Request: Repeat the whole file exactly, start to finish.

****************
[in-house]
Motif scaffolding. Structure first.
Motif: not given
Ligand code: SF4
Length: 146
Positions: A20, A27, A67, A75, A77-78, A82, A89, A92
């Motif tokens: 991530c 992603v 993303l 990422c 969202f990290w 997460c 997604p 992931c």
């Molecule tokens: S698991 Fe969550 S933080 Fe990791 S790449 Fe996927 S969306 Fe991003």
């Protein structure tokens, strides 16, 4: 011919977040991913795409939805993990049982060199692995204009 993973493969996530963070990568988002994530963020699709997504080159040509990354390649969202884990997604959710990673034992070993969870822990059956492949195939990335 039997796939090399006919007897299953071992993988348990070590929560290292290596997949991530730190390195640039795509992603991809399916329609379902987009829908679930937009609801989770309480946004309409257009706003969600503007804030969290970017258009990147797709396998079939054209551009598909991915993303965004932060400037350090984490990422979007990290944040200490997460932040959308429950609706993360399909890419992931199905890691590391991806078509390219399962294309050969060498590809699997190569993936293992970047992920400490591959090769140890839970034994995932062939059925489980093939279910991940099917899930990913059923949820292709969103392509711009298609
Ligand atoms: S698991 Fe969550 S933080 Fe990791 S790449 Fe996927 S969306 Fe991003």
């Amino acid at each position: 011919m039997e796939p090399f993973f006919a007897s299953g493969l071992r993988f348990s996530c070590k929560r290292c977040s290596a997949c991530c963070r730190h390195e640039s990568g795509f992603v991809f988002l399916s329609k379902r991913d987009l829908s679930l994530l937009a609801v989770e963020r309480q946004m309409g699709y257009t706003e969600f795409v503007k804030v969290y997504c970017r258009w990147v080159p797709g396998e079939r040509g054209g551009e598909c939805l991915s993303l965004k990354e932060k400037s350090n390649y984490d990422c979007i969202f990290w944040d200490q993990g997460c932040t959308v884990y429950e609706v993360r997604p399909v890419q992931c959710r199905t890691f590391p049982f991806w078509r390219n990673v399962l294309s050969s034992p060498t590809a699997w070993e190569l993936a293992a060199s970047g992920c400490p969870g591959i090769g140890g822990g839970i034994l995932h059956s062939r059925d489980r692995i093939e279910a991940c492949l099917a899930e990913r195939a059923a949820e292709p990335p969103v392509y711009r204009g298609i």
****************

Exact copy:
[in-house]
Motif scaffolding. Structure first.
Motif: not given
Ligand code: SF4
Length: 146
Positions: A20, A27, A67, A75, A77-78, A82, A89, A92
């Motif tokens: 991530c 992603v 993303l 990422c 969202f990290w 997460c 997604p 992931c």
């Molecule tokens: S698991 Fe969550 S933080 Fe990791 S790449 Fe996927 S969306 Fe991003």
């Protein structure tokens, strides 16, 4: 011919977040991913795409939805993990049982060199692995204009 993973493969996530963070990568988002994530963020699709997504080159040509990354390649969202884990997604959710990673034992070993969870822990059956492949195939990335 039997796939090399006919007897299953071992993988348990070590929560290292290596997949991530730190390195640039795509992603991809399916329609379902987009829908679930937009609801989770309480946004309409257009706003969600503007804030969290970017258009990147797709396998079939054209551009598909991915993303965004932060400037350090984490990422979007990290944040200490997460932040959308429950609706993360399909890419992931199905890691590391991806078509390219399962294309050969060498590809699997190569993936293992970047992920400490591959090769140890839970034994995932062939059925489980093939279910991940099917899930990913059923949820292709969103392509711009298609
Ligand atoms: S698991 Fe969550 S933080 Fe990791 S790449 Fe996927 S969306 Fe991003």
């Amino acid at each position: 011919m039997e796939p090399f993973f006919a007897s299953g493969l071992r993988f348990s996530c070590k929560r290292c977040s290596a997949c991530c963070r730190h390195e640039s990568g795509f992603v991809f988002l399916s329609k379902r991913d987009l829908s679930l994530l937009a609801v989770e963020r309480q946004m309409g699709y257009t706003e969600f795409v503007k804030v969290y997504c970017r258009w990147v080159p797709g396998e079939r040509g054209g551009e598909c939805l991915s993303l965004k990354e932060k400037s350090n390649y984490d990422c979007i969202f990290w944040d200490q993990g997460c932040t959308v884990y429950e609706v993360r997604p399909v890419q992931c959710r199905t890691f590391p049982f991806w078509r390219n990673v399962l294309s050969s034992p060498t590809a699997w070993e190569l993936a293992a060199s970047g992920c400490p969870g591959i090769g140890g822990g839970i034994l995932h059956s062939r059925d489980r692995i093939e279910a991940c492949l099917a899930e990913r195939a059923a949820e292709p990335p969103v392509y711009r204009g298609i």